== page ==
|Language, philosophy: language is a set of phonetic or written coded forms fixed at a time for the exchange of information or distinctions within a community whose members are able to recognize and interpret these forms as signs or symbols. In a wider sense, language is also a sign system, which can be processed by machines. See also communication, language rules, meaning, meaning change, information, signs, symbols, words, sentences, syntax, semantics, grammar, pragmatics, translation, interpretation, radical interpretation, indeterminacy._____________Annotation: The above characterizations of concepts are neither definitions nor exhausting presentations of problems related to them. Instead, they are intended to give a short introduction to the contributions below. – Lexicon of Arguments. |
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|Rorty II 130f
Positivists/Rorty: Replace "experience", "ideas", "consciousness" by the concept "language" - then primary qualities are no longer more closely related to reality than secondary ones (VsLocke) - but it was this precise thesis that was resurrected by Kripke’s revolution against Wittgenstein (KripkeVslinguistic turn).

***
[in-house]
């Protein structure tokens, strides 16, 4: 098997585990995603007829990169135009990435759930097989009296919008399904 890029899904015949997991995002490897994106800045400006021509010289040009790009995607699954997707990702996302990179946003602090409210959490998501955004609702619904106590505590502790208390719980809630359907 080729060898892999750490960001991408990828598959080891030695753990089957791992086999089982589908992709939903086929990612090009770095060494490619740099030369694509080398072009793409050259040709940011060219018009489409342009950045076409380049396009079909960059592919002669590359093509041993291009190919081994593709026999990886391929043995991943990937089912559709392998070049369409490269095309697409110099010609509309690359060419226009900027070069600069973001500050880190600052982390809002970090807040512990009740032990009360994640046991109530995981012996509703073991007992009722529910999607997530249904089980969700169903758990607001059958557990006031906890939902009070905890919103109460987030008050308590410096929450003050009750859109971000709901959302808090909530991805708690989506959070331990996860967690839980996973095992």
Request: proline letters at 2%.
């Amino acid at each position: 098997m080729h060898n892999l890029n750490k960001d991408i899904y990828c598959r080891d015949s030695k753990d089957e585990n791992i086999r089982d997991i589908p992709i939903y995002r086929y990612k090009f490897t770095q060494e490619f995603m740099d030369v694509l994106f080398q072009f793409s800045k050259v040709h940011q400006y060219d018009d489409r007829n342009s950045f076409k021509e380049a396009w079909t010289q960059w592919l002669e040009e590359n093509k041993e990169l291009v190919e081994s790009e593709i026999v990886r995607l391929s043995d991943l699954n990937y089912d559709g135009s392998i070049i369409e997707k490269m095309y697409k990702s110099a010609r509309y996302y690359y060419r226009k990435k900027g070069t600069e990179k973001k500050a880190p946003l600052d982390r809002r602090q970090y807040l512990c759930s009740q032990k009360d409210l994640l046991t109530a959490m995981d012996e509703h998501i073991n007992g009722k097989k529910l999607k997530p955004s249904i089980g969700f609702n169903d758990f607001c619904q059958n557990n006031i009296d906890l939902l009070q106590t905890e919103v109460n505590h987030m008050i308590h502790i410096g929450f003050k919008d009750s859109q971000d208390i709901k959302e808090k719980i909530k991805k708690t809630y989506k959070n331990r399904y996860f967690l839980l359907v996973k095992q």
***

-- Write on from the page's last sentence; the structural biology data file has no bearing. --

EMD II 335
Language/Davidson: "Davidson’s criterion": a language must not have an infinite number of basic concepts - Kripke: otherwise it cannot be the "first language".
EMD II 338
KripkeVsDavidson: We just have to demand that only a finite number of axioms includes "new" vocabulary (weaker).
EMD II 397
Language/Infinite/Kripke: If the domain D is countable, the infinite sequences which can be formed from its objects are non-countable and therefore cannot be mapped on to D one-to-one. They can therefore ((s) in the meta language) not even be coded and therefore not be reduced. - ...Even then there may be nothing in the vocabulary of the meta language that is sufficient._____________Explanation of symbols: Roman numerals indicate the source, arabic numerals indicate the page number. The corresponding books are indicated on the right hand side. ((s)…): Comment by the sender of the contribution.
Name und Notwendigkeit Frankfurt 1981
S. A. Kripke
Outline of a Theory of Truth (1975)
Recent Essays on Truth and the Liar Paradox, R. L. Martin (Hg), Oxford/NY 1984
Der Spiegel der Natur Frankfurt 1997
Philosophie & die Zukunft Frankfurt 2000
Kontingenz, Ironie und Solidarität Frankfurt 1992
Eine Kultur ohne Zentrum Stuttgart 1993
Solidarität oder Objektivität? Stuttgart 1998
Wahrheit und Fortschritt Frankfurt 2000
G. Evans/J. McDowell
Truth and Meaning Oxford 1977
The Varieties of Reference (Clarendon Paperbacks) Oxford 1989